I live in Switzerland, so I’m used to mountains, but the mountains in the Dolomites are totally different. They are made of, well, dolomite, and they are sharp and craggy. I think this is one thing that made me so awed by the scenery: it was just so different than what I was used to seeing. Take my wonder at the Swiss Alps, that feeling I have in Lenzerheide or Gantrisch or even Einsiedeln, and increase it by an order of magnitude, because these mountains are simply not what I usually look at. And throughout the day, the sun plays across them. Different parts are lit up or shaded. Clouds and snow squalls play around the spires. Every time you look is a little different.

My boyfriend survived the loop and we stopped in Ritsch for lunch at the hotel/restaurant there, devouring some excellent local-style dumplings. One was made with cheese, another spinach, a third one beets.

After replenishing, we parted ways and I skied down into Saltria and cruised around the 6 k loop there. Now is a good time to explain Seiser Alm. It is really just a huge alpine plateau, with hills and meadows, and sharp mountains on several sides. On every edge of this plateau are ski lifts and tiny resorts with a one or two hotels each; many of these areas are accessible from one another, albeit not by steep ski runs. Sometimes the cross-country ski trail would be running parallel to an alpine run, on a gradual downhill across the plateau. Even just in a tuck, on my cross-country skis I would be going faster than the downhill skiers on their heavy equipment, who couldn’t get up a head of momentum on such a gradual hill.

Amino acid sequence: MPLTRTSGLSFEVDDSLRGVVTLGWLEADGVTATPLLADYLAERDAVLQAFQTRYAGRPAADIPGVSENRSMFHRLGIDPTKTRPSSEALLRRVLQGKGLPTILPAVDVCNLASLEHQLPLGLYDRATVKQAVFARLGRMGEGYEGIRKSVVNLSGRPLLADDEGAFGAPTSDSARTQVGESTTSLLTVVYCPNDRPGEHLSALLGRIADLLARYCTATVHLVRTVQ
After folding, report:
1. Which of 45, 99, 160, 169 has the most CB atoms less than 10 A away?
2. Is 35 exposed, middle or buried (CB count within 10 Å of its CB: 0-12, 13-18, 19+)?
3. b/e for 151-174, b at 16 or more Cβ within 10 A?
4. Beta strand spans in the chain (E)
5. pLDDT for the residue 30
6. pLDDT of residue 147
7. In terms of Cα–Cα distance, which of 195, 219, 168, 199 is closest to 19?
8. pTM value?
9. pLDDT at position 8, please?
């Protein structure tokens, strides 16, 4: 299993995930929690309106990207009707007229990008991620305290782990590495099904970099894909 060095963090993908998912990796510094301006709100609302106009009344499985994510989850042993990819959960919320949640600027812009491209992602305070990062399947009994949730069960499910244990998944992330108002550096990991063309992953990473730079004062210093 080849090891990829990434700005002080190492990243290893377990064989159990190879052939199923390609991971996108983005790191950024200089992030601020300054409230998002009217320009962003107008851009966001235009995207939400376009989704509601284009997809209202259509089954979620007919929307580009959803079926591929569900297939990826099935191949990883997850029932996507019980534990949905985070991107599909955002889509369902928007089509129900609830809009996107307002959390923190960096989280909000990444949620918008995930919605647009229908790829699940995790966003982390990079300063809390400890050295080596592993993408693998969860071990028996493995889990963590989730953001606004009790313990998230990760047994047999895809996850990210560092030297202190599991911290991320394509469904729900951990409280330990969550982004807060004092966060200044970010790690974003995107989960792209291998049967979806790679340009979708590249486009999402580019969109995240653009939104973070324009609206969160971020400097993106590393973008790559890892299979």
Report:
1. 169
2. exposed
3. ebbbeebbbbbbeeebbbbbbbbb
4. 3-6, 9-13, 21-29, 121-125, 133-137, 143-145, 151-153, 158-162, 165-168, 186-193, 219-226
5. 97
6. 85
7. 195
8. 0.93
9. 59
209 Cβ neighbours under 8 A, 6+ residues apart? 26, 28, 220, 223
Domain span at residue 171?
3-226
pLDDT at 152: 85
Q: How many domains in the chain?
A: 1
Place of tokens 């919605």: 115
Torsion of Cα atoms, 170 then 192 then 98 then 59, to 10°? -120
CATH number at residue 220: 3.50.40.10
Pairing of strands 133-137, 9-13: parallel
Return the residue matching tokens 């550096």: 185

Saltria is another medium-sized village, a bit like Compatsch, but nestled down in a mini-valley a bit instead of totally perched on a plateau. To get down to Saltria, I dropped almost 200 meters of elevation in about two twisty kilometers, which was a lot of fun. I then cruised around the medium loop there, which was comparatively deserted and quite lovely, going up this mini-valley along a babbling river/stream instead of offering the bam-bam-bam of the plateau’s mountain views. And then I had to climb back up those 200 meters in two kilometers, which was slightly less fun.

Again, I was exhausted. But as I waited hungrily for dinner time, I appreciated the view, again. Perhaps some of the most special views of the spiky mountains are in the morning and the evening. As the light gradually disappeared, the spires were framed in different colors, just there right outside our window. The beauty and the quiet are so striking. Unless you have a really good reason to do a budget trip, it’s worth spending a little bit more money to stay up on the plateau and experience the mountains through whole days and nights instead of just enjoying the views from your skis during the day.

We had another great dinner, after which we sat in the hotel’s lounge area with a couple of beers. We were joined by two German couples, and the two men in the group began playing music on a guitar and singing. They were great, and played songs from several cultures and in several languages. The experience of this type of hotel, where everyone sticks around for meals, is a very different atmosphere from the impersonal settings of bigger resorts, and it was a lot of fun.

The next day was again beautiful and sunny, and we skied the “Panorama” loop, in total about a 20 km round trip from Compatsch, with a huge elevation gain.